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Bird’s Eye View: 50 years of South American bird trade

Bird’s Eye View: 50 years of South American bird trade examined

Cambridge, UK, 16th January 2019—South Africa was the world’s leading exporter of South American parrots between 2000 and 2013 after Amazon countries “abandoned the possibility of legally and competitively producing and exporting their wildlife,” finds a new study into bird trade in Latin America.

The findings are published in Bird’s-eye view: Lessons from 50 years of bird trade regulation & conservation in Amazon countries, which provides a comprehensive overview of bird trade in Brazil, Colombia, Ecuador, Guyana, Peru, and Suriname, including regulations and the bird trade’s impact as a conservation tool on species and habitats. The study was funded by WWF US.

The trade of birds and their products from the region has a long history: since the mid-19th Century, many tonnes of feathers and bird skins—mainly hummingbirds and tanagers, were exported to fashion markets in Europe and North America. This demand led to the killing of millions of birds over many decades. For example in a brief period before World War I, one London merchant imported 400,000 hummingbirds and 360,000 other birds from Brazil, while in 1932, some 25,000 hummingbirds were hunted in Pará State and sent to Italy to adorn chocolate boxes. Hundreds of thousands of live birds were later exported as pets from across South America after the mid-1950s when commercial airline connections, mainly through Miami, became routinely available.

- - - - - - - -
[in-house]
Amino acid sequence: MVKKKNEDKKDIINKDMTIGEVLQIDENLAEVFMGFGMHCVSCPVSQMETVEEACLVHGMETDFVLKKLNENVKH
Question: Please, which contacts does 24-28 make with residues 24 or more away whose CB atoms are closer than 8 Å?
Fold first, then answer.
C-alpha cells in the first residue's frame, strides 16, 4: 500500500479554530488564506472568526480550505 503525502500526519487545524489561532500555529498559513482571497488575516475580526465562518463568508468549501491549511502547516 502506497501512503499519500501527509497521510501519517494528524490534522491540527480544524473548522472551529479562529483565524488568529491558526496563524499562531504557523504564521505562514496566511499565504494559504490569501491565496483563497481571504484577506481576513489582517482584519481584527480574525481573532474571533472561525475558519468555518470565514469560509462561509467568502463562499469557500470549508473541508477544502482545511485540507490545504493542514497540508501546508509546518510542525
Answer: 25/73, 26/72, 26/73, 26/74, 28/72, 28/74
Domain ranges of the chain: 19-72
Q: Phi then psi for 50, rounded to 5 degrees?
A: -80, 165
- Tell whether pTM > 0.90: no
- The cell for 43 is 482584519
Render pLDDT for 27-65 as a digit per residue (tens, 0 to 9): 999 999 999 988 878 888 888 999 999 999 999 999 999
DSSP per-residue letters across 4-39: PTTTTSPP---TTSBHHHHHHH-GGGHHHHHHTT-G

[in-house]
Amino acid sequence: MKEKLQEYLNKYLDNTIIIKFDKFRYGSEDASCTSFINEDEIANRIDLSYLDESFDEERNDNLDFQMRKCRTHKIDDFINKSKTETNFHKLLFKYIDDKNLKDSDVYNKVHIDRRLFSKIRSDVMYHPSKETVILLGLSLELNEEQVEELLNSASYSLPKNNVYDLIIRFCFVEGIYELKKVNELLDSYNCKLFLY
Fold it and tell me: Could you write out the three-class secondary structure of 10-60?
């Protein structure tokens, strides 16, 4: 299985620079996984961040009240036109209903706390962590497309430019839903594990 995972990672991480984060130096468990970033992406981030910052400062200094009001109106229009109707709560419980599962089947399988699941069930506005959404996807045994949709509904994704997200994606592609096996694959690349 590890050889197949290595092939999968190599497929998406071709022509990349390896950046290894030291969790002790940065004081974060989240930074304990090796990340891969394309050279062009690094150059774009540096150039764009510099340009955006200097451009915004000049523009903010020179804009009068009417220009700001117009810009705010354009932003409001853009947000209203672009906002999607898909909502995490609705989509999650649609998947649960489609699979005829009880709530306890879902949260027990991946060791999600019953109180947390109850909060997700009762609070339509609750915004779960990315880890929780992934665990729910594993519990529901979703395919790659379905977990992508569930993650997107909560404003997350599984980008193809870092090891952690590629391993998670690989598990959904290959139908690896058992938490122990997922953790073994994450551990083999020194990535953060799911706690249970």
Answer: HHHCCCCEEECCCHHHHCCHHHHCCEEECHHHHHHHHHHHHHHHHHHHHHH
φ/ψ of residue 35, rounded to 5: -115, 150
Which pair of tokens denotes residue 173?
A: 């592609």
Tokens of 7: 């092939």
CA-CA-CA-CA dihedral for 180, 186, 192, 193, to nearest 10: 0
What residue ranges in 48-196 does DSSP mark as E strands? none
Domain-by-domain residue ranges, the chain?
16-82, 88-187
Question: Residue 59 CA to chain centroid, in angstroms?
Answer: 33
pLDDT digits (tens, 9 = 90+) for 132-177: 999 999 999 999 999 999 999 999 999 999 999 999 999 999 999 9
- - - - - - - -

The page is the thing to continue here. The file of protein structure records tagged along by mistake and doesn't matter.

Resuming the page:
After decades of intensive exploitation and massive declines in many bird populations, in 1967, Brazil became the first country in South America legally to ban the commercial sale of wild animals, replacing demand through captive breeding programmes as an economic alternative with low conservation impacts on wild populations. With Brazil’s national wildlife trade ban installed, illegal wildlife trade was simultaneously initiated in South America.